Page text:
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A Schlegel diagram of an 8-cell
 
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Etymology

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8 +‎ cell

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Noun

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8-cell (plural 8-cells)

  1. (geometry) A four-dimensional polytope, analogous to a cube, whose eight bounding facets are cubes; a tesseract.
    • 1988, Klaus Mainzer, Symmetries of Nature: A Handbook for Philosophy of Nature and Science, published 1996, page 159:
      According to this table the tetrahedron corresponds to the 5-cell, the cube to the 8-cell ("hypercube"), the octahedron to the 16-cell, the dodecahedron to the 120-cell and the icosahedron to the 600-cell. The 24-cell is an additional body in four-dimensional space which is dual to itself.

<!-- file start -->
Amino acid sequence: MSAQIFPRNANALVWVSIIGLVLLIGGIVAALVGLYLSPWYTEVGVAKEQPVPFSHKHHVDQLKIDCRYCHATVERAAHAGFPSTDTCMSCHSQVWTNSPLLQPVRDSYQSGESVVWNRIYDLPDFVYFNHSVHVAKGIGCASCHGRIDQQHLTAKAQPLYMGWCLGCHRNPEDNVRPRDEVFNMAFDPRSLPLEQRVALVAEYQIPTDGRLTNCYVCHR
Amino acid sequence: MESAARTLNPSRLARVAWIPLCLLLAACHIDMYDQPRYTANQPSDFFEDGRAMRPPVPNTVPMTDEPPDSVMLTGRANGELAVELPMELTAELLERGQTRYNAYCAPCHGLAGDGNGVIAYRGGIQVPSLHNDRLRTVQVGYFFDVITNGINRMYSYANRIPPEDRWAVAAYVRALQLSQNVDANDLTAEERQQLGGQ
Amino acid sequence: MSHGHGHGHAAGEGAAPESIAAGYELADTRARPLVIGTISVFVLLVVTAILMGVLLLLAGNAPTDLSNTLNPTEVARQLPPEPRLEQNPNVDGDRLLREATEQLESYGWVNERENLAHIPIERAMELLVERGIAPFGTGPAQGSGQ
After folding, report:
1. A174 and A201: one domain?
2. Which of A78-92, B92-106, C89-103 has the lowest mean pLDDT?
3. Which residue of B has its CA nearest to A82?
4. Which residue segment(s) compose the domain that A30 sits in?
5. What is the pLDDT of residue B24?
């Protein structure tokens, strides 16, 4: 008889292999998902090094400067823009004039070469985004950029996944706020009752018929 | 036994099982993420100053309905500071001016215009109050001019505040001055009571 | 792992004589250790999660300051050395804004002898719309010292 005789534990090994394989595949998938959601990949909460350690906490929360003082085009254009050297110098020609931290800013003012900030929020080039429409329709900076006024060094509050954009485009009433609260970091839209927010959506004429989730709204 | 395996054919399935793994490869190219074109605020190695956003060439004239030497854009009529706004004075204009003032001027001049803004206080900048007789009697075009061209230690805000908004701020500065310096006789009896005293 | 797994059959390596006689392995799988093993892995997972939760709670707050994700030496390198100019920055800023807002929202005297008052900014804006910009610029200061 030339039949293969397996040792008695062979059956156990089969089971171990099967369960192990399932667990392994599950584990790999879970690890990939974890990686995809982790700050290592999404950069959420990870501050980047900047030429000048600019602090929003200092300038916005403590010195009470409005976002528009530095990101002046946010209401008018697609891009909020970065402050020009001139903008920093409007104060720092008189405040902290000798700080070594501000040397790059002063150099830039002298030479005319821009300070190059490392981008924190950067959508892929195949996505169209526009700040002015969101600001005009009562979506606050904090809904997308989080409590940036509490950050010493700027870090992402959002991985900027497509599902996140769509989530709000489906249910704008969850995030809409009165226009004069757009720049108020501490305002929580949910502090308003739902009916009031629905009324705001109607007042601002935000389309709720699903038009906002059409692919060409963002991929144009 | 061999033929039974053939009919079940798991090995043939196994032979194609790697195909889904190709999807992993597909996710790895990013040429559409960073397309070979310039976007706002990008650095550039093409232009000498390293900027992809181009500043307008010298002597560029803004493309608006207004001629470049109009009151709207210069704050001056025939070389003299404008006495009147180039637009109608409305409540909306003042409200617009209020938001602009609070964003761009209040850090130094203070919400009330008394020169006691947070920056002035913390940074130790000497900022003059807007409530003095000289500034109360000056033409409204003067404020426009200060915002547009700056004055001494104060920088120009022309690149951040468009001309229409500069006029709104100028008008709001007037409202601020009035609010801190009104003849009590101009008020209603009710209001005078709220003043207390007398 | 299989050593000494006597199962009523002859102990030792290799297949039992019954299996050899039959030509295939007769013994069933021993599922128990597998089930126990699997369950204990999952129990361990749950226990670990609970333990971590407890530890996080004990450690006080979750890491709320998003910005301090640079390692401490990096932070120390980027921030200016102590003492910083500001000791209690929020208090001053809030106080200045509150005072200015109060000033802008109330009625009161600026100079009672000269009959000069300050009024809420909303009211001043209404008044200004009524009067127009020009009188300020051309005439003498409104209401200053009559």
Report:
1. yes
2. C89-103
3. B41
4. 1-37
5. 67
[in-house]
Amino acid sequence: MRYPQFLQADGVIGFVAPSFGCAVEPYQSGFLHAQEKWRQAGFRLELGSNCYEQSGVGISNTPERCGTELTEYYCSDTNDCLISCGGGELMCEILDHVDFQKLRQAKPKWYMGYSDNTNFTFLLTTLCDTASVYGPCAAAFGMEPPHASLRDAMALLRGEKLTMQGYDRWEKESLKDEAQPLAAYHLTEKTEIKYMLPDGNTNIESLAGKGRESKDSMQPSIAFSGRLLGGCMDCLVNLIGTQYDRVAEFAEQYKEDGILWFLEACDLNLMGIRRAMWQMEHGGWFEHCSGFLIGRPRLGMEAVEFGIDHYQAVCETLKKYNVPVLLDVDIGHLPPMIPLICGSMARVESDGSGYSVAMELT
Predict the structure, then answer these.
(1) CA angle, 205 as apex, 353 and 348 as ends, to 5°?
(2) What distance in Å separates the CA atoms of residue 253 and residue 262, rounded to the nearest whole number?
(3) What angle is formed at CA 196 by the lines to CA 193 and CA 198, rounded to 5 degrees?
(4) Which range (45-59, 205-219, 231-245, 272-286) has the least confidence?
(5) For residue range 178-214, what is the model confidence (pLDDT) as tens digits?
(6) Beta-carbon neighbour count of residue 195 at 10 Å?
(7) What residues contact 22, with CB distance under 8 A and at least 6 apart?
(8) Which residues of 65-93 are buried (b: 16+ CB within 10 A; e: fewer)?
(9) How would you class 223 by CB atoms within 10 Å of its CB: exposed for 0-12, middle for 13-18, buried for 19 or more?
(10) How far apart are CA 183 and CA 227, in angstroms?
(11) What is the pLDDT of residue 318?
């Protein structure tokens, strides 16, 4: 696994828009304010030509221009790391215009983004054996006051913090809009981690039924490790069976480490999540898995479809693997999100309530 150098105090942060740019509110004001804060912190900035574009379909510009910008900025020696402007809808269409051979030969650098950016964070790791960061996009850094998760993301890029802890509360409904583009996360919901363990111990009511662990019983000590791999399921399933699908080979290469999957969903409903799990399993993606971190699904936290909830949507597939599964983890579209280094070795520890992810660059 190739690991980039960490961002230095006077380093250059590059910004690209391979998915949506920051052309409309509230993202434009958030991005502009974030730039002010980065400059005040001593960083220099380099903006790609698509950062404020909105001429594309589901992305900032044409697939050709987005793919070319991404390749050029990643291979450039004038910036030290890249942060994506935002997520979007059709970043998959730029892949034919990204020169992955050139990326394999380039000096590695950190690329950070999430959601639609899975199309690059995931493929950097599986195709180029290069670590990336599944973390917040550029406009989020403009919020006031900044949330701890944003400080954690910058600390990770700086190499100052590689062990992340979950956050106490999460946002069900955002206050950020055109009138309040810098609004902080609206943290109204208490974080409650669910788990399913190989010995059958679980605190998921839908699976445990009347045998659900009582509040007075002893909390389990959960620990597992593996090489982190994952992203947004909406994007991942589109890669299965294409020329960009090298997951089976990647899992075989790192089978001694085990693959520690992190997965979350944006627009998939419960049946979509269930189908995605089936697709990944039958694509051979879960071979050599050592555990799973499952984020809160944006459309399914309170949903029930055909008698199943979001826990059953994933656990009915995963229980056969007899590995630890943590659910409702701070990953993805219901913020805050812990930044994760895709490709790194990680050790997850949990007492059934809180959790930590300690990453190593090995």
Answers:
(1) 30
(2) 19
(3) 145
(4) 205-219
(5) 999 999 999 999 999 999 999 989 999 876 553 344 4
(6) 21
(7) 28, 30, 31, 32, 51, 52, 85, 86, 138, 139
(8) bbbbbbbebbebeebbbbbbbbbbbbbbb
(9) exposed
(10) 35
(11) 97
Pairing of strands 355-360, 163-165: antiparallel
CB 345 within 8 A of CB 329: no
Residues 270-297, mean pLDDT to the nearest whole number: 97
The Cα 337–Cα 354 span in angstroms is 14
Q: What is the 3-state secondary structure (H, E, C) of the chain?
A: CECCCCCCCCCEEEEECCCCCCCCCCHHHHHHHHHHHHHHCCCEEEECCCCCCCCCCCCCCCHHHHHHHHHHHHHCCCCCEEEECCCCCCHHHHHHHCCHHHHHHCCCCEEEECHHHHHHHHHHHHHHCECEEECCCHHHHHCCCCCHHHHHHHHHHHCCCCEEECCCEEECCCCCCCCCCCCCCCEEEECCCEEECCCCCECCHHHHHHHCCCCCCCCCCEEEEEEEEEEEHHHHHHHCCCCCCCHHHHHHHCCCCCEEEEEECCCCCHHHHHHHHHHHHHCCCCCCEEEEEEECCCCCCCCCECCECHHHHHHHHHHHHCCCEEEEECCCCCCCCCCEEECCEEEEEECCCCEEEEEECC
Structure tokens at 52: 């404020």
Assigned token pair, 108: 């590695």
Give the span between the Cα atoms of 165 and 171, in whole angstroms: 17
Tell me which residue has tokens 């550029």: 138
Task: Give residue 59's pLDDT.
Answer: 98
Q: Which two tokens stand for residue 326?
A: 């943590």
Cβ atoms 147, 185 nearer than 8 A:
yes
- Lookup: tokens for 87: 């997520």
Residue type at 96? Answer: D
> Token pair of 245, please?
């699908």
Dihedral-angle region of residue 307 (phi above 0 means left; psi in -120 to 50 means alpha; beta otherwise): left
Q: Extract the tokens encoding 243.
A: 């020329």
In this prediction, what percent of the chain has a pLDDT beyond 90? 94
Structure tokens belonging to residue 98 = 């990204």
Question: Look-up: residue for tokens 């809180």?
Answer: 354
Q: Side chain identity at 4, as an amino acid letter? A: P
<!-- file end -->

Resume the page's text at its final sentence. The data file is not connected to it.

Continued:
• 1996, John Milnor, “Growing Up in the Old Fine Hall”, in Hugo Rossi, editor, Prospects in Mathematics: Invited Talks on the Occasion of the 250th Anniversary of Princeton University, page 6:
      Similarly in dimension eight there is the quaternionic projective plane which we can think of as a 4-sphere with an 8-cell attached, and in dimension sixteen there is a Cayley projective plane which has similar properties.
    • 1997, J. François Gabriel, editor, Beyond the Cube: The Architecture of Space Frames and Polyhedra[1], page 412:
      Of these nine, five are finite structures in Euclidean space and include the simplex, {3,3,3} (or 5-cell), the four-dimensional cube {4,3,3} (or 8-cell) and its dual {3,3,4} (or 16-cell), and the 120-cell {5,3,3} and its dual {3,3,5} (or 600-cell).

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